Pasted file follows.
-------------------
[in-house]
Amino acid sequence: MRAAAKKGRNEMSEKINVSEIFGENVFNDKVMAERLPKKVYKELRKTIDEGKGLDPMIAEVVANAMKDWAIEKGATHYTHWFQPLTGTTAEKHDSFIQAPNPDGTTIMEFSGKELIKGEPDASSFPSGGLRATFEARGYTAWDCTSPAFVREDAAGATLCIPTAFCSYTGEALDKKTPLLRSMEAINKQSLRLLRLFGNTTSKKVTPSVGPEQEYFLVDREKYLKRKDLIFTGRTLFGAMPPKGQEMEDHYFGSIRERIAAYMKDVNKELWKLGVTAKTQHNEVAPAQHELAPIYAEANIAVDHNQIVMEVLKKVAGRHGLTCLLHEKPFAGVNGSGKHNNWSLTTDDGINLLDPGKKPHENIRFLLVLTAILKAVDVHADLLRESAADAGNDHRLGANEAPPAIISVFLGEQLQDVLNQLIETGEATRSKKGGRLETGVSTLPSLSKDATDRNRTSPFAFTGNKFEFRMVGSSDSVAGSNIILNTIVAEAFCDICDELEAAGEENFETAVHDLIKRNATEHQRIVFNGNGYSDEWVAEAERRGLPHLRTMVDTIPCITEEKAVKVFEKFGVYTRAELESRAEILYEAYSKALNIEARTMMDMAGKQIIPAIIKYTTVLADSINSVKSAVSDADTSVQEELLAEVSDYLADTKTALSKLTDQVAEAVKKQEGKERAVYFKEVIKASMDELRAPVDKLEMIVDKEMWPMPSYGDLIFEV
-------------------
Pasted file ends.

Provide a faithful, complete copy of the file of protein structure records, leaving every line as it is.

[in-house]
Amino acid sequence: MRAAAKKGRNEMSEKINVSEIFGENVFNDKVMAERLPKKVYKELRKTIDEGKGLDPMIAEVVANAMKDWAIEKGATHYTHWFQPLTGTTAEKHDSFIQAPNPDGTTIMEFSGKELIKGEPDASSFPSGGLRATFEARGYTAWDCTSPAFVREDAAGATLCIPTAFCSYTGEALDKKTPLLRSMEAINKQSLRLLRLFGNTTSKKVTPSVGPEQEYFLVDREKYLKRKDLIFTGRTLFGAMPPKGQEMEDHYFGSIRERIAAYMKDVNKELWKLGVTAKTQHNEVAPAQHELAPIYAEANIAVDHNQIVMEVLKKVAGRHGLTCLLHEKPFAGVNGSGKHNNWSLTTDDGINLLDPGKKPHENIRFLLVLTAILKAVDVHADLLRESAADAGNDHRLGANEAPPAIISVFLGEQLQDVLNQLIETGEATRSKKGGRLETGVSTLPSLSKDATDRNRTSPFAFTGNKFEFRMVGSSDSVAGSNIILNTIVAEAFCDICDELEAAGEENFETAVHDLIKRNATEHQRIVFNGNGYSDEWVAEAERRGLPHLRTMVDTIPCITEEKAVKVFEKFGVYTRAELESRAEILYEAYSKALNIEARTMMDMAGKQIIPAIIKYTTVLADSINSVKSAVSDADTSVQEELLAEVSDYLADTKTALSKLTDQVAEAVKKQEGKERAVYFKEVIKASMDELRAPVDKLEMIVDKEMWPMPSYGDLIFEV